Secretary Antony J. Blinken With Ekaterina Kotrikadze of Dozhd TV

QUESTION:  First of all, thank you so much, Mr. Secretary.  It’s a really important opportunity to us.  And the first question is about the war, actually.  President Biden has mentioned that Vladimir Putin has already made a decision.  Also, we have heard that Defense Secretary Austin said that the decision – I mean the invasion is not inevitable.  So on a scale from one to five, how would you evaluate the attack is imminent or not?

SECRETARY BLINKEN:  Well, it’s hard to put a number on it, but as President Biden said, based on the information we have, it appears that President Putin has made a decision to renew aggression against Ukraine.  But of course, until the very last moment that that actually happens, we will do everything we can to try to find a diplomatic resolution to this because conflict, war, aggression is in no one’s interest.  It’s the last thing that we want; it’s the last thing that anyone needs, starting with the Russian people.  How aggression against Ukraine meets the needs and interests of the Russian people, I don’t understand.  We have so much that we should be focused on, including together: dealing with COVID-19, which is a problem for everyone; dealing with climate change; working to strengthen and build our economies so people have better lives.  This is where our energy should be focused.

So how it is that attacking another country, trying to subjugate it, does anything good for anyone, including the Russian people, I don’t understand.

QUESTION:  You are meeting your colleague, Russian colleague Sergey Lavrov, on the 23rd as I understand.  So are there any concessions the United States are ready to agree on to de-escalate the situation in Ukraine?

SECRETARY BLINKEN:  We’ve been working for many, many weeks now in close coordination with European partners and allies to look very carefully at what the Russian Government has put forward, the concerns that it’s raised about its security.  We’ve shared concerns about our security that we think is challenged by some of Russia’s actions.  And we’ve said we’re fully prepared to talk on a reciprocal basis about what we can do to improve security for everyone – for Russia, for the United States, for Europe.  We do have a planned meeting on the 24th, next week in Europe, but as I said to Foreign Minister Lavrov in the note I wrote back to him, that assumes that Russia does not invade Ukraine in the meantime.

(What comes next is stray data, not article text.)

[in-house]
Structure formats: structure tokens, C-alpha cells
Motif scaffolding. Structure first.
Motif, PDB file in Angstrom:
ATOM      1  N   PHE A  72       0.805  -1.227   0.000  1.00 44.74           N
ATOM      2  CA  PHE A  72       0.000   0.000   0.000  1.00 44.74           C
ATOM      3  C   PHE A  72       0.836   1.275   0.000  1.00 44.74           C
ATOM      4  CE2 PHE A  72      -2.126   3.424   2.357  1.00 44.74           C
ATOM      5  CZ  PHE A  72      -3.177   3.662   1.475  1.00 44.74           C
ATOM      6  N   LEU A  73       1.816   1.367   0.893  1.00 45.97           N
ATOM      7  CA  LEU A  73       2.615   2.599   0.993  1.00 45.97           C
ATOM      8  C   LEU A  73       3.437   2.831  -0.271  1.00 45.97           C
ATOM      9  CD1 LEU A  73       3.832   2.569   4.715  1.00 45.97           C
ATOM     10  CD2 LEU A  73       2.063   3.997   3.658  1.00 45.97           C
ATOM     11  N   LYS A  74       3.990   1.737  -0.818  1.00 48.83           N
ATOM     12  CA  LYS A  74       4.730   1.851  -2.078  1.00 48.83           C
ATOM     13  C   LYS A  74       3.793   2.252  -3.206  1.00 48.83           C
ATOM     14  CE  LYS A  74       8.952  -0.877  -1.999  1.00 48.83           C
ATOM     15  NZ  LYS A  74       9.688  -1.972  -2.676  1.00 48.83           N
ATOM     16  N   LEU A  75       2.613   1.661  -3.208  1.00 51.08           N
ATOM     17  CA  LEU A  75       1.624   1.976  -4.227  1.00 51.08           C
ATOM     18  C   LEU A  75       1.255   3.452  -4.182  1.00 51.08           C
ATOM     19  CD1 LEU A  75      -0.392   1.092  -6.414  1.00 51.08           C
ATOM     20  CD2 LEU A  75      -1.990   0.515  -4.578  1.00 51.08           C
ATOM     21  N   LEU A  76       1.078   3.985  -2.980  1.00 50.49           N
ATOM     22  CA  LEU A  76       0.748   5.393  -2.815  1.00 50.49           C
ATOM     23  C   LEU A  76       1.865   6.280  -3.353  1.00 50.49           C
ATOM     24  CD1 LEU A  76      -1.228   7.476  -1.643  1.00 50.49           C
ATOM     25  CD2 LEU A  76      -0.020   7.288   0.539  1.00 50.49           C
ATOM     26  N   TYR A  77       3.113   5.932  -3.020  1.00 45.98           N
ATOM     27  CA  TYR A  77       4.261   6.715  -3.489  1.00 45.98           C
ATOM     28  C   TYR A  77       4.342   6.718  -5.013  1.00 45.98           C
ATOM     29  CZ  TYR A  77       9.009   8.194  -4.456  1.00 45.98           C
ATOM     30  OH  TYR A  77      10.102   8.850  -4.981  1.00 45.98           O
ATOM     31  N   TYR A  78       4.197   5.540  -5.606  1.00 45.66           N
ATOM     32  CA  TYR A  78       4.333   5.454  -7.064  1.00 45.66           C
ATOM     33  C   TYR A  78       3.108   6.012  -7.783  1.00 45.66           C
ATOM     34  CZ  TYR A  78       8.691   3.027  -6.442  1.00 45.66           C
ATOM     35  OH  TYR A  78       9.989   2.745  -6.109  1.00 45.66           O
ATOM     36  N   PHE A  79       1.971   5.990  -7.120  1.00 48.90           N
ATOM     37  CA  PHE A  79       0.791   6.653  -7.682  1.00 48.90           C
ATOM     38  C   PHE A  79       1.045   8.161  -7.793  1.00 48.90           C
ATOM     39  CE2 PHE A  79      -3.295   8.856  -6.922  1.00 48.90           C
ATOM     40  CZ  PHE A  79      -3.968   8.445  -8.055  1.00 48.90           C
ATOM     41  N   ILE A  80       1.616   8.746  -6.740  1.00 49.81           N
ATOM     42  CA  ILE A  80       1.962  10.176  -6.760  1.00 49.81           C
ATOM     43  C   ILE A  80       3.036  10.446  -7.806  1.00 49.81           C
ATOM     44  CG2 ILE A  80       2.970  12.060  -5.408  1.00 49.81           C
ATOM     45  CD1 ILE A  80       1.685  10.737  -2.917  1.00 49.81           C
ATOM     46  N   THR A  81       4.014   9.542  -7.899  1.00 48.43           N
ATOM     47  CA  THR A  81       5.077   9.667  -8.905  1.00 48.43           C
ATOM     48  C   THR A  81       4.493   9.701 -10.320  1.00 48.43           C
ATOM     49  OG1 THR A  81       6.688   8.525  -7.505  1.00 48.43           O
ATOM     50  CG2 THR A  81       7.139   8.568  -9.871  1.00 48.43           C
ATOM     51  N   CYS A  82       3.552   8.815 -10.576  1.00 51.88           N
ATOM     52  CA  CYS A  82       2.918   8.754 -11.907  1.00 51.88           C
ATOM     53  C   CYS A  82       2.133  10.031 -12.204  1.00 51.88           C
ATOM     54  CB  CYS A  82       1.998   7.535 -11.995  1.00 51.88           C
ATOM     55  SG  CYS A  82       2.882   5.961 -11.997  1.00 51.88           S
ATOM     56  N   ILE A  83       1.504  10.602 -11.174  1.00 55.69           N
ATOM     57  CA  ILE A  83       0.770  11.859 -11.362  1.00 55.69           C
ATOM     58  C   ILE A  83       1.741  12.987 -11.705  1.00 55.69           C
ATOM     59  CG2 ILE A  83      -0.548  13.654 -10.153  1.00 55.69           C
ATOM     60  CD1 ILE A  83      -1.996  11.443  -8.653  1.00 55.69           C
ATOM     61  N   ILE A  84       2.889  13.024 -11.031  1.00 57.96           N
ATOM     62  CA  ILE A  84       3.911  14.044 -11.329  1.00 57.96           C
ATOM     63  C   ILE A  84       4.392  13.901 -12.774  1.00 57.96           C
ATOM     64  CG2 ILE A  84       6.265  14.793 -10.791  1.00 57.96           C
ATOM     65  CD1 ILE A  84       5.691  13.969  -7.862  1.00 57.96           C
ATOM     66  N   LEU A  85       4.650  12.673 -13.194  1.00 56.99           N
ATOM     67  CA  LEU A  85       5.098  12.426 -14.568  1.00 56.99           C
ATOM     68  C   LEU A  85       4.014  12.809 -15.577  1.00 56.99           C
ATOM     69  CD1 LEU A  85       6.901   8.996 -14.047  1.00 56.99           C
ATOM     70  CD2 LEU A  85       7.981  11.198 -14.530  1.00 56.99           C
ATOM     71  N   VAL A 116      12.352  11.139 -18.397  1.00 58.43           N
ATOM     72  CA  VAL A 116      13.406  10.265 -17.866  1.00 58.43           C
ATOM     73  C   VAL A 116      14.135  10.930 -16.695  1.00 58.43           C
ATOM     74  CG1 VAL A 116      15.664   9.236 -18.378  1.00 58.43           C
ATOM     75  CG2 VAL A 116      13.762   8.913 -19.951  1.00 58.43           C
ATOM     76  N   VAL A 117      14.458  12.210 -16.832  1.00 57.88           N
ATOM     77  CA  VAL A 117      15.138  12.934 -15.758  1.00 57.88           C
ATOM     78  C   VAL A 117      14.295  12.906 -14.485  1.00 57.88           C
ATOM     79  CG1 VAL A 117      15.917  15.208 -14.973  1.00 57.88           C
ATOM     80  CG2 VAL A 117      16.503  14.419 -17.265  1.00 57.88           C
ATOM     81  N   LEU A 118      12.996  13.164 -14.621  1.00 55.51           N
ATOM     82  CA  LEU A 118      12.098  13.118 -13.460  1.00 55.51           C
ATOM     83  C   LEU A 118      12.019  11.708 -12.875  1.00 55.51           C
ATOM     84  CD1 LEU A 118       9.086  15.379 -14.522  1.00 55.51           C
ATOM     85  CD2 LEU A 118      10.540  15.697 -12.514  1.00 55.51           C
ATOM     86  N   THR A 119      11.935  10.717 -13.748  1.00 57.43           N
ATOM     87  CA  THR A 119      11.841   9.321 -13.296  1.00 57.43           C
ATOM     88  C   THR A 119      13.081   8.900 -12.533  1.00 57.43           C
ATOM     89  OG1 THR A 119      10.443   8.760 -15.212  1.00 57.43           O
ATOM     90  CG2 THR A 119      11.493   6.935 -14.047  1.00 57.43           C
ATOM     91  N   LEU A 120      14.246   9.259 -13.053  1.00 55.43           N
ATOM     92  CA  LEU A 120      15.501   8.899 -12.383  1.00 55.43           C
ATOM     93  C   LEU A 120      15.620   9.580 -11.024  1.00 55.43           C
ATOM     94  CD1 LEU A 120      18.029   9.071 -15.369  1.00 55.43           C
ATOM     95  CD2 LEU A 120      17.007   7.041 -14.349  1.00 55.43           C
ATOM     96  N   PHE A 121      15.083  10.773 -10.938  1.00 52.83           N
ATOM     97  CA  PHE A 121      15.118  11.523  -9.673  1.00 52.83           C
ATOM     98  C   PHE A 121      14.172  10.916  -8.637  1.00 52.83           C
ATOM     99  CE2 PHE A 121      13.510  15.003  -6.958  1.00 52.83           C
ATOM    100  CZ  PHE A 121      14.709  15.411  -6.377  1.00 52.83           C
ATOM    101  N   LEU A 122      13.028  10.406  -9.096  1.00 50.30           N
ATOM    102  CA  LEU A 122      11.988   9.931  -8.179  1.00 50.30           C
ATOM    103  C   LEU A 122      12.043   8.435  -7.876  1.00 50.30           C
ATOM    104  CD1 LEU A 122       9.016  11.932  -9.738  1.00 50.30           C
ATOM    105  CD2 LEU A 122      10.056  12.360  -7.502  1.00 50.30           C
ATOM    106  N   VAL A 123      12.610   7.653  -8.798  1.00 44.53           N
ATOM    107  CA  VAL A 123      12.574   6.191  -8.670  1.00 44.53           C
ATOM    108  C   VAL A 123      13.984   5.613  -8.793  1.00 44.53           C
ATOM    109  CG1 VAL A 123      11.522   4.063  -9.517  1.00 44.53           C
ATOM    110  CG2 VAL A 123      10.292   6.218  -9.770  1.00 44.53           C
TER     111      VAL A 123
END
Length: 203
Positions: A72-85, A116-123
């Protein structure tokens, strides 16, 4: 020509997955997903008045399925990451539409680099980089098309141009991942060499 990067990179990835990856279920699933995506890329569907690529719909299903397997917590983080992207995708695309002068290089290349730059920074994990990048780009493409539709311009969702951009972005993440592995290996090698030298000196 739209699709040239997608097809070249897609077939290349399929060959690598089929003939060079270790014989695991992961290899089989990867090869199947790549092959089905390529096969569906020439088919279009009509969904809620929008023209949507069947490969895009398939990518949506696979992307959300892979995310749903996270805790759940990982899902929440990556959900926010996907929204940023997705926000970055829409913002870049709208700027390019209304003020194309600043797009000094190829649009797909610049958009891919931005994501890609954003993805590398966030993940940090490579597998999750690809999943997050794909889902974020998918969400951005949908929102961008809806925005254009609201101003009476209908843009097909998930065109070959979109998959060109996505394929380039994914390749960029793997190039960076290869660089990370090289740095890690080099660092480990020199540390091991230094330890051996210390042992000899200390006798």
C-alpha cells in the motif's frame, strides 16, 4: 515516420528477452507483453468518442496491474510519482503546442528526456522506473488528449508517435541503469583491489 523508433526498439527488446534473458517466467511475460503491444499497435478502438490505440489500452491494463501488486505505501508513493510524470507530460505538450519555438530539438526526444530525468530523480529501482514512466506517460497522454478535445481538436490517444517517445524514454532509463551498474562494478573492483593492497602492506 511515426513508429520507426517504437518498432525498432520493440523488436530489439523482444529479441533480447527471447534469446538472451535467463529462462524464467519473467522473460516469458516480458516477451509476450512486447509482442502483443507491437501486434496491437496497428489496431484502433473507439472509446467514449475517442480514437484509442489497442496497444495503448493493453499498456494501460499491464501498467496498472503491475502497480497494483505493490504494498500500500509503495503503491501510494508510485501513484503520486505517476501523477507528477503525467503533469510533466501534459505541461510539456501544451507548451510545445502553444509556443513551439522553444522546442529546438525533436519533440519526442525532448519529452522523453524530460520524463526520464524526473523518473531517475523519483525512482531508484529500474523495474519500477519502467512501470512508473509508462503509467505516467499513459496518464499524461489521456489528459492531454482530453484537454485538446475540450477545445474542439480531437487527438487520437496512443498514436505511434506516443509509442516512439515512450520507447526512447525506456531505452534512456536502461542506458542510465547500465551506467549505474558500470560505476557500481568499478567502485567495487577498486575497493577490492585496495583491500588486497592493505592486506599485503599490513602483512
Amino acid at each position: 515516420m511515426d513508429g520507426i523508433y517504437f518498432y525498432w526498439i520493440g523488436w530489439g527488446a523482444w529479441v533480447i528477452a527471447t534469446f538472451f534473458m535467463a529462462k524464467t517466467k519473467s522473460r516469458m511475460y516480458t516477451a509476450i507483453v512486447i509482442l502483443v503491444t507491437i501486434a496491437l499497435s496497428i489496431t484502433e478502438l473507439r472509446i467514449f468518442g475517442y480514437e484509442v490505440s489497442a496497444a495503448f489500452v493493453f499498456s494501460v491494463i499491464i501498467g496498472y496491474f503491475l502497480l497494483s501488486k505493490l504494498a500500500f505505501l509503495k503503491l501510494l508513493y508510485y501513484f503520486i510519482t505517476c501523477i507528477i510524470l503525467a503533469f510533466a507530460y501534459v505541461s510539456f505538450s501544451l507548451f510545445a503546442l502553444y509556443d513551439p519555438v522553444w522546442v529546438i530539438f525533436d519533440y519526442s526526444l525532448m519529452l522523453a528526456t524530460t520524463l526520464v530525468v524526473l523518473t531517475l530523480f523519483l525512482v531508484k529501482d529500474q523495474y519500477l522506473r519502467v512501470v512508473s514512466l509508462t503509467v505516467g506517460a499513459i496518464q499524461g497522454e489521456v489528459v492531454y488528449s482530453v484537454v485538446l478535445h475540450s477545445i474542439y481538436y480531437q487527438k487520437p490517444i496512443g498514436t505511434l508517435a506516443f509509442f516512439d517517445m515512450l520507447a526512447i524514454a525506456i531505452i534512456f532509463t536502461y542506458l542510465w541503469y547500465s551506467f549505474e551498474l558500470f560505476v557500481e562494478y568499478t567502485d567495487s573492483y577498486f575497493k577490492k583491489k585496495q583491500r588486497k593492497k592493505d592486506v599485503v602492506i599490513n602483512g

QUESTION:  So is there anything in particular that you can, I don’t know, offer – if this is the right word to use – to Sergey Lavrov?  Is there anything that maybe they are giving you some signals that they would be – they would be agreeing to something, something else, that you can offer?

SECRETARY BLINKEN:  We have already suggested that there are many areas where we actually could work together to improve everyone’s security.  There are confidence-building measures.  There are ways to reduce risks.  There’s further arms control.  There’s the question of placement of weapons and forces that, again, on a reciprocal basis could improve everyone’s security.  And I’ve already met with Foreign Minister Lavrov, including in Geneva a couple of weeks ago.  We’re fully prepared to work on that.

But doing that as well with a gun pointed to Ukraine’s head – 150,000 Russian forces to the north, to the east, to the south – it’s very difficult to make progress in that environment.

QUESTION:  Mr. Secretary, the Russian side is insisting that this is a genocide going on in Ukraine, and that Kyiv is actually responsible for the situation and for pushing for war, and they are repeating it on and on.  So, what makes you so sure that Kyiv is not responsible for this escalation?

SECRETARY BLINKEN:  Well, first of all, the notion that there is a quote/unquote “genocide” going on is absolutely wrong and, frankly, offensive.  It’s a degradation of that word, to say the least.  It’s simply not happening.  How do we know this?  Because at least on the Ukrainian side of the line that’s been established as a result of the Russian incursion into Ukraine, we have the OSCE and monitors who verify what’s going on and what’s not going on.